Monday, September 19, 2011

12 Pentecost, Year A, Sept. 4, 2011

Exodus 12:1-14; Psalm 149; Romans 13:8-14Matthew 18: 15 – 20
Becoming reconciled, Preached by The Rev. Will Carter

Doing what today's gospel requires is difficult. My great-great grandparents in Tennessee were “churched” many years ago. They were expelled from their Baptist church. They had sponsored a dance for their daughter who had just returned from New York. Their solution was to start their own church. The church is still doing well today but perhaps this is the reason for so many denominations and churches. It may seem easier to separate from someone who offends you then to become reconciled. The church can miss the point of the Gospel when we separate from each other. We miss the opportunity to be blessed and be a blessing as reconcilers. We miss the focus of Jesus call and His love.

Our daughter, Shara, is a perfect example. When she was two, she and her brother were having a fight and she came running to her mother. “Punish Jason,” she pleaded. Her mother, in her wisdom, told her instead, “Go tell your brother that Jesus loves him and so do you.” Shara darted off and said, "Mother said „Jesus will get you and so will I.‟" we can reframe reconciliation in the guise of vindication.

Many times, when others wrong us, we want to settle the score rather than become reconciled with them because it is difficult to become reconciled. Many times it seems easier to turn our backs on the offender and walk away. “Weren’t we right?” we might ask or “They should say that they were sorry to me.” Reconciling is an act of Faith which requires our vulnerability.

Many may see reconciliation as an official duty of the priest at the absolution and miss our individual duty. As Episcopalians we do make acts of reconciliation with God and each other at the Eucharist each week. We confess our sins and ask to be reconciled to God. After the General Confession (The Prayer Book also provides an order for reconciliation of the penitent.) The Priest gives absolution on behalf of God in Christ but this does not relieve individuals from being reconcilers. The peace which follows the confession is meant to symbolically allow us become reconciled with each other before coming to the altar for Holy Eucharist. This follows Matthew’s “binding and loosening of sins” on earth. What about our duty to deal with each other to affect personal and corporate reconciliation?

The church has experienced internal difficulties ever since its birth. In Paul’s letters and Acts we hear of strife between members and against the community. In I Chorinthians 1:10 Chloe’s people complain to Paul about church rancor. In Acts there are complaints about unequal distribution of bread to the widows of the Jews and Greeks.

In this week’s Ecrozier Bishop Benhase wrote of an incident during the passing of the peace at a Roman Catholic Church in Southern California when basketball star, Kobe Bryant grabbed a man’s cell phone. He hurt the man’s wrist in the process. Bryant seemed to be concerned that the man was trying to take pictures of him and his family during the Eucharist. It turned out, it seems, that no pictures were found on the man’s cell phone. Laying aside the issue of guilt and fault in this case, of both Bryant and the man in question, didn’t each miss the meaning of the Peace? 9/4/2011D 2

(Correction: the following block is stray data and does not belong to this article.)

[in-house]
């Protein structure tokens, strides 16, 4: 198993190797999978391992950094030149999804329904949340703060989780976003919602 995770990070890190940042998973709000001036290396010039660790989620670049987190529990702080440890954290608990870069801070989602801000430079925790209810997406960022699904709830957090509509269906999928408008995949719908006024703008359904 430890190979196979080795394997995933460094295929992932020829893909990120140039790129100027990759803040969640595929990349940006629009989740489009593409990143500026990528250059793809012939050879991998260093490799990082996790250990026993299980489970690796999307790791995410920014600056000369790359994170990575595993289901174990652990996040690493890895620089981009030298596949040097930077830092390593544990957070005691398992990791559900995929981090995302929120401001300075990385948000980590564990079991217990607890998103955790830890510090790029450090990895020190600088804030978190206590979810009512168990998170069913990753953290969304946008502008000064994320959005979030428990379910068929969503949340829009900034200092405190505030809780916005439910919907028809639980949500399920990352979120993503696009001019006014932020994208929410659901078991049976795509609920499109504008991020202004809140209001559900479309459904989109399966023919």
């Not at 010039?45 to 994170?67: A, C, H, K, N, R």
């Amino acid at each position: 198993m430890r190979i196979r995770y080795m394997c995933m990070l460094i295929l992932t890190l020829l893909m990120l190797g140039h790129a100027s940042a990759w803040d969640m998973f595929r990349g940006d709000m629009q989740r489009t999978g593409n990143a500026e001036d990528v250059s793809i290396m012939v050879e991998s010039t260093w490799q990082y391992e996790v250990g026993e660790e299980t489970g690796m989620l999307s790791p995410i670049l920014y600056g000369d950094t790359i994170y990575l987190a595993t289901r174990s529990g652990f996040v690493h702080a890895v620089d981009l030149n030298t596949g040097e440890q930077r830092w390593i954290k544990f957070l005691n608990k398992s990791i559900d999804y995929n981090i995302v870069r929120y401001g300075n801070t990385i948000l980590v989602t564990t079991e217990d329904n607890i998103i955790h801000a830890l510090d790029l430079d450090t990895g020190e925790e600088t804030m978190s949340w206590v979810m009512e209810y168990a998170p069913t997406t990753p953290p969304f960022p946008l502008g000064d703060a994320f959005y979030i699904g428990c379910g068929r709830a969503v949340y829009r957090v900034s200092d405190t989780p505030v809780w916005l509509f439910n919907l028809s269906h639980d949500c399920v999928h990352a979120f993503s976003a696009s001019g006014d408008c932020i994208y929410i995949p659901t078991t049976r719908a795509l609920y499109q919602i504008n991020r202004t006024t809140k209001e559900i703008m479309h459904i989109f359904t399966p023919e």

Reggie McNeil in his book, “Missional Renaissance” comments that the mission of the church is to be a blessing to our families, communities and the world. If we are caught in disruptive relationships and there is no harmony, how can we be blessed or can we be a blessing to our families or communities? How can we model reconciliation and reintegration into the community of Christ?
The steps are simple but to take them is difficult. For instance going to the one who sinned against you can be monumentally difficult. They may reject you out of hand and become permanently alienated from you. This possibility increases as you bring two or three witnesses with you who have recognized the offense. When you arrive at having the church consider the offense, things can become especially difficult.

We need to be reconciled because God created us to be at one with him and in harmony with our brothers and sisters. When we experience life that is in disharmony then the tempo of life is disrupted. Recently I had a grandfather clock cleaned and adjusted and it seemed to run fine for a while. Then without warning it just stopped. I would try to restart it and each time it would run for a short while then stop again. When I contacted the “clock man”, he said “It may be out of tempo.” When we are not in harmony with each other, our lives may have become "out of tempo". "Out of tempo" lives will require continually energy to restart life. The “clock man” readjusted the tempo and now the clock runs perfectly. Today's gospel is about getting a lives back into tempo by addressing disharmony and reestablishing harmony.

Has someone wronged you? Are there people you try to avoid? Individuals could be within the community, the church or at work. Why not take a first step to seek them out and attempt to reestablish harmony by expressing your feelings and perception about being in an un-harmonious relationship. By taking this first step you should have started a journey which may model for others coming into a relationship.

Consider the tempo of your life as you go through the next week recognizing that the Gospel today is not about "Jesus‟ going to get you" but about Jesus desiring you to be reconciler and to be reconciled.

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